S.T.A.L.K.E.R.: Shadow of Chernobyl uses the ‘X-ray Engine’ to power the graphics. It is a DirectX 8/9 Shader Model 3.0 graphics engine. Up to a million polygons can be on-screen at any one time, which makes it one of the more impressive engines on the market today. The engine features HDR rendering, parallax and normal mapping, soft shadows, widescreen support, weather effects and day/night cycles. As with other engines that utilize deferred shading (such as Unreal Engine 3 and CryENGINE2), the X-ray Engine does not support anti-aliasing with dynamic lighting enabled. However, a “fake” form of anti-aliasing can be enabled with the static lighting option; this format utilizes a technique to blur the image to give the false impression of anti-aliasing. The game takes place in a thirty square kilometer area, and both the outside and inside of this area is rendered to the same amount of detail.
Results: At the default 1024×768 game resolution and default game settings we found that S.T.A.L.K.E.R.: Shadow of Chernobyl was more than playable on with DDR3 memory modules on the P35 chipset. Less than a 0.7 frame per second difference was observed between the the three memory kits. The slight performance lead was in favor of the OCZ memory kit, which might have been related to the tigher memory timings. We ran the benchmark six times per kit and took the average of the score, so the results are spot on!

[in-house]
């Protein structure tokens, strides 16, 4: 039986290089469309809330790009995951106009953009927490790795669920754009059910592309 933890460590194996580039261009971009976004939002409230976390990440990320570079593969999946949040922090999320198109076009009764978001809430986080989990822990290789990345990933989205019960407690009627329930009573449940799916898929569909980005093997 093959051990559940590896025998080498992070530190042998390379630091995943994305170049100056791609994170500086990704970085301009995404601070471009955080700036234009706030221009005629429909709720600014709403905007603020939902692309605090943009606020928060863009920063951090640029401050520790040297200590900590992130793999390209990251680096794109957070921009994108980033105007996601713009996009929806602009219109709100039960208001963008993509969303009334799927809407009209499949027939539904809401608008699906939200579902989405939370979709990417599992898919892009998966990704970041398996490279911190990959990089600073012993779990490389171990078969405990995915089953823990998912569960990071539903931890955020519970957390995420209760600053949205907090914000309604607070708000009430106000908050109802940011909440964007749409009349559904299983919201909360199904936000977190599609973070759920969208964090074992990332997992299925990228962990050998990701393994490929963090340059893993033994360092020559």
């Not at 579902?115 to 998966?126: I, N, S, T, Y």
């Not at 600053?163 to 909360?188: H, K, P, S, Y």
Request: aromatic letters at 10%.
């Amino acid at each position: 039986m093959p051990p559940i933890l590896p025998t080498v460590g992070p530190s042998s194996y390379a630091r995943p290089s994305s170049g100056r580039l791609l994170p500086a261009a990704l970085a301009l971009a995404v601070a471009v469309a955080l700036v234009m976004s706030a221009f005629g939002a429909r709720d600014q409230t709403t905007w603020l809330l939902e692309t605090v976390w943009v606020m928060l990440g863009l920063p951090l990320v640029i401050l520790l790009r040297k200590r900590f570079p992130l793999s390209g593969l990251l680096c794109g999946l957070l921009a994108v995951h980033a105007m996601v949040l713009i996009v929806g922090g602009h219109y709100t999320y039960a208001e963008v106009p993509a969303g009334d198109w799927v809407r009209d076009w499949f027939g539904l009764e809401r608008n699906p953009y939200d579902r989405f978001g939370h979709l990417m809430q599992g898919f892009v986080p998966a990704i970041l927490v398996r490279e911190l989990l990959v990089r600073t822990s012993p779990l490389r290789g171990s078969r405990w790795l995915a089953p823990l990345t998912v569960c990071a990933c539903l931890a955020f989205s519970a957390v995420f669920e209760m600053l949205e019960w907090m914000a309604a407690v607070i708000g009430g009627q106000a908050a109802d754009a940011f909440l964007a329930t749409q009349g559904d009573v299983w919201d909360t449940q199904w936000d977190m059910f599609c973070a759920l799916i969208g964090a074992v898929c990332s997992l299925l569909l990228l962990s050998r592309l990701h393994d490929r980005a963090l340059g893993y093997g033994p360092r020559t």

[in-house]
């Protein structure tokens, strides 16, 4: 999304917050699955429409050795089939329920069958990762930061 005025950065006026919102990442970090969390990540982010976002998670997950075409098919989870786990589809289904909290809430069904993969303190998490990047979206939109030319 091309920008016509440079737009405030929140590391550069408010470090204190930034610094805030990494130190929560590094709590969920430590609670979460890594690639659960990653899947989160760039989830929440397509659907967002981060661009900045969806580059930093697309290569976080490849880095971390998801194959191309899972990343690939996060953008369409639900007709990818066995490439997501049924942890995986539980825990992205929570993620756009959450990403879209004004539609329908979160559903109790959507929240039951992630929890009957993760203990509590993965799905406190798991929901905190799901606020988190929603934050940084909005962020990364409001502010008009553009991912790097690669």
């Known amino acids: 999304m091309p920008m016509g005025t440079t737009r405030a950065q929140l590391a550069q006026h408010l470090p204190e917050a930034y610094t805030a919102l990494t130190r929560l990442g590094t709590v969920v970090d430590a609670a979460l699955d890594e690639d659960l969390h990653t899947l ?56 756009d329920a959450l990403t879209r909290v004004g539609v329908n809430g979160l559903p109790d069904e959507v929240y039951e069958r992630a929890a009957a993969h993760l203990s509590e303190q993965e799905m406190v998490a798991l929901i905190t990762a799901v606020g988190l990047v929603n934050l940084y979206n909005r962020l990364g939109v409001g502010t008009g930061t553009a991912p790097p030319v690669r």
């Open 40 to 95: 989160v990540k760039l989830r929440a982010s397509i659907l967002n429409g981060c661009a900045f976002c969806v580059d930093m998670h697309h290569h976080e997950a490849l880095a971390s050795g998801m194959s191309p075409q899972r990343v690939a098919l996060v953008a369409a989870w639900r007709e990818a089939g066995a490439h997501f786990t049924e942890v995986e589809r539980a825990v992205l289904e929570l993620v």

Company of Heroes is set during World War II where the player follows a military unit, known as Able Company, as they fight their way through some of the greatest and bloodiest battles, including the D-Day landings at Normandy.
Results: It’s only fitting that the final benchmark came out in a tie. All throughout testing it was impossible to ‘feel’ a difference in performance between all three of these kits, so this is a perfect way to conclude the benchmarking!